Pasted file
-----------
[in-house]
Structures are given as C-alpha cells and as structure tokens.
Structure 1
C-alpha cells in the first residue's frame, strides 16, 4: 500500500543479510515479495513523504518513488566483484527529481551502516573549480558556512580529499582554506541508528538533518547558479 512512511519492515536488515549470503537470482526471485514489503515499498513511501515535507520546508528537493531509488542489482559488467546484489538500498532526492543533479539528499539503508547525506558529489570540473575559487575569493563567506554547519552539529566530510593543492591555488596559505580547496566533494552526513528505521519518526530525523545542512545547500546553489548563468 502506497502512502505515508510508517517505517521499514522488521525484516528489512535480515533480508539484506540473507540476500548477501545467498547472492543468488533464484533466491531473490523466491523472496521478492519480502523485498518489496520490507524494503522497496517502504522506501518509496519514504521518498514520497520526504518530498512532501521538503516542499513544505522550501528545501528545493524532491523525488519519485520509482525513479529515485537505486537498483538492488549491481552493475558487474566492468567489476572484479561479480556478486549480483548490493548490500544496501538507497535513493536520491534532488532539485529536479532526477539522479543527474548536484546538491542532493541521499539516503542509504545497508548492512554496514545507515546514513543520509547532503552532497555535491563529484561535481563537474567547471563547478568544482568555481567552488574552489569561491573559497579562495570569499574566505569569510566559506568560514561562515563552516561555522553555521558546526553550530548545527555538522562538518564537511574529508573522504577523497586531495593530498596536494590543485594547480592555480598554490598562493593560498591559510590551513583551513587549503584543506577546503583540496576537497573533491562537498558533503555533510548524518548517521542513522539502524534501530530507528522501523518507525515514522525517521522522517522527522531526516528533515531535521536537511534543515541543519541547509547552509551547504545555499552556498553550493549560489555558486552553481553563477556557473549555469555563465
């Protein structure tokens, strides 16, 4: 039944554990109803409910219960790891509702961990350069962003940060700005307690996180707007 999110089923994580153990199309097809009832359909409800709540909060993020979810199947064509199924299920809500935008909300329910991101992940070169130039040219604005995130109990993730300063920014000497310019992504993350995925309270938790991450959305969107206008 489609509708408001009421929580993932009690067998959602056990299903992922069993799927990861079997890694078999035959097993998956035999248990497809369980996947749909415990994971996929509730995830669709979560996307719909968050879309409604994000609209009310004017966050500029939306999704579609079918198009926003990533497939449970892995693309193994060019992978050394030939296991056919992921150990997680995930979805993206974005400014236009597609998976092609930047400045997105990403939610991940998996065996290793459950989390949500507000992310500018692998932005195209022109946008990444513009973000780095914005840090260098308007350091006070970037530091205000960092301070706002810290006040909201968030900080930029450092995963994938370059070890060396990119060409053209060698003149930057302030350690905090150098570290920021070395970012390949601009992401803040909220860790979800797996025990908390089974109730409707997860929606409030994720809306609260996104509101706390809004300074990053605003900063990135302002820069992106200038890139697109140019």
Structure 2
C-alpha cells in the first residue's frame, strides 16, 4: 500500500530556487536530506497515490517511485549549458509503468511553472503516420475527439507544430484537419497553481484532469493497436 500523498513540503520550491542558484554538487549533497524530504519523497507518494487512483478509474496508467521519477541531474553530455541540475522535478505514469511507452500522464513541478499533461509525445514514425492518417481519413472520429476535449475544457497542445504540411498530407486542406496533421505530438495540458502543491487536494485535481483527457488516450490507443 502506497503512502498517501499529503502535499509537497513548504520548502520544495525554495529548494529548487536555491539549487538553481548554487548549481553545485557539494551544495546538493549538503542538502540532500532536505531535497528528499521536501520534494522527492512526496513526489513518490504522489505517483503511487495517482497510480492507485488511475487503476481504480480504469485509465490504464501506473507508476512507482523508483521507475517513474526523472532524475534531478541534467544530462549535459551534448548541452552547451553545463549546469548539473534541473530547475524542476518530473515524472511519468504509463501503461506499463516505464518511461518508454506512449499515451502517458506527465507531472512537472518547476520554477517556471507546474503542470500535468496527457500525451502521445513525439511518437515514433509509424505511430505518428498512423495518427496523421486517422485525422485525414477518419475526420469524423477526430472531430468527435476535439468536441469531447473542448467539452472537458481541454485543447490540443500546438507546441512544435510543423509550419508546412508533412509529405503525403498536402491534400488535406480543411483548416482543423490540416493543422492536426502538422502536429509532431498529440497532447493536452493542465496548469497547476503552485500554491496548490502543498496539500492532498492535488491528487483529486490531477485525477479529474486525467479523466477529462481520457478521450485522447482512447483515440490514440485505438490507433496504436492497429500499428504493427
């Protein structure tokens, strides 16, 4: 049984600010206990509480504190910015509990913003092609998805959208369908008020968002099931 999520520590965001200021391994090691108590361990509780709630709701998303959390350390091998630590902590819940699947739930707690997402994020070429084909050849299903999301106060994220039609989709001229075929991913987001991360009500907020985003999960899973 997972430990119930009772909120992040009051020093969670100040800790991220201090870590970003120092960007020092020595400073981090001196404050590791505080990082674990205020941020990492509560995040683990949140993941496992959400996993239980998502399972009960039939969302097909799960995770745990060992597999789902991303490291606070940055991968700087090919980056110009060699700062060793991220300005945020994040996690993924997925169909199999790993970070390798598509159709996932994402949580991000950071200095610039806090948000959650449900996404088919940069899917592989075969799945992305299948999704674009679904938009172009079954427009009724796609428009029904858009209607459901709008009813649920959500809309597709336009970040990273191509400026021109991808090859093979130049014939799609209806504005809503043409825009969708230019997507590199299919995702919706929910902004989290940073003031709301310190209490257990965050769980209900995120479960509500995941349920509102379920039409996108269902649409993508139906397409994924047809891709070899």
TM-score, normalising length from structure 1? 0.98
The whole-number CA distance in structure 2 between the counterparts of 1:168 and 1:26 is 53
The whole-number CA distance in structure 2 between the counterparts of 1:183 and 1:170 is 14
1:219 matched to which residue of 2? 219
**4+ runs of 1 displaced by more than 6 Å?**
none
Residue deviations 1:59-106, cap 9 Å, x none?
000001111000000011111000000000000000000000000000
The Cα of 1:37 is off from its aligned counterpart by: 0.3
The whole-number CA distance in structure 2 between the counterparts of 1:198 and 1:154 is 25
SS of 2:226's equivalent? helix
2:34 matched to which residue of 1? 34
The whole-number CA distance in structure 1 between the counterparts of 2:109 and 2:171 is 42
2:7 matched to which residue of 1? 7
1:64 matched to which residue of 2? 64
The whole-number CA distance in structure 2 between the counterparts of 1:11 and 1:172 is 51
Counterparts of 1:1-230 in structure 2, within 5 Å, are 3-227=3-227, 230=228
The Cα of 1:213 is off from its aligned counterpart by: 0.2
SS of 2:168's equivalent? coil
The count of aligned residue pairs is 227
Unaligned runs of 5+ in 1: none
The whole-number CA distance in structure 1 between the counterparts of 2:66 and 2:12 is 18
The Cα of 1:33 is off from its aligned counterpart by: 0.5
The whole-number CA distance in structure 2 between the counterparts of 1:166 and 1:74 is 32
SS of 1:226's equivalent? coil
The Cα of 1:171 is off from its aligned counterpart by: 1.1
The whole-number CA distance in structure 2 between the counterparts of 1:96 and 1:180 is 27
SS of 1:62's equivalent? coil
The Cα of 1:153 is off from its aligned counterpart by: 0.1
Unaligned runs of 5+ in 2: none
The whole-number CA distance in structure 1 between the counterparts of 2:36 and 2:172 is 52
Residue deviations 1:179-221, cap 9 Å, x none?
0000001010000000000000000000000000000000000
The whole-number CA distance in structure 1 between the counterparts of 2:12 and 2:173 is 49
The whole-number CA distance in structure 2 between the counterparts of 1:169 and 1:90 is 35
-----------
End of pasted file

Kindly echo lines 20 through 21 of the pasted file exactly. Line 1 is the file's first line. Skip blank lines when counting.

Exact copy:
2:34 matched to which residue of 1? 34
The whole-number CA distance in structure 1 between the counterparts of 2:109 and 2:171 is 42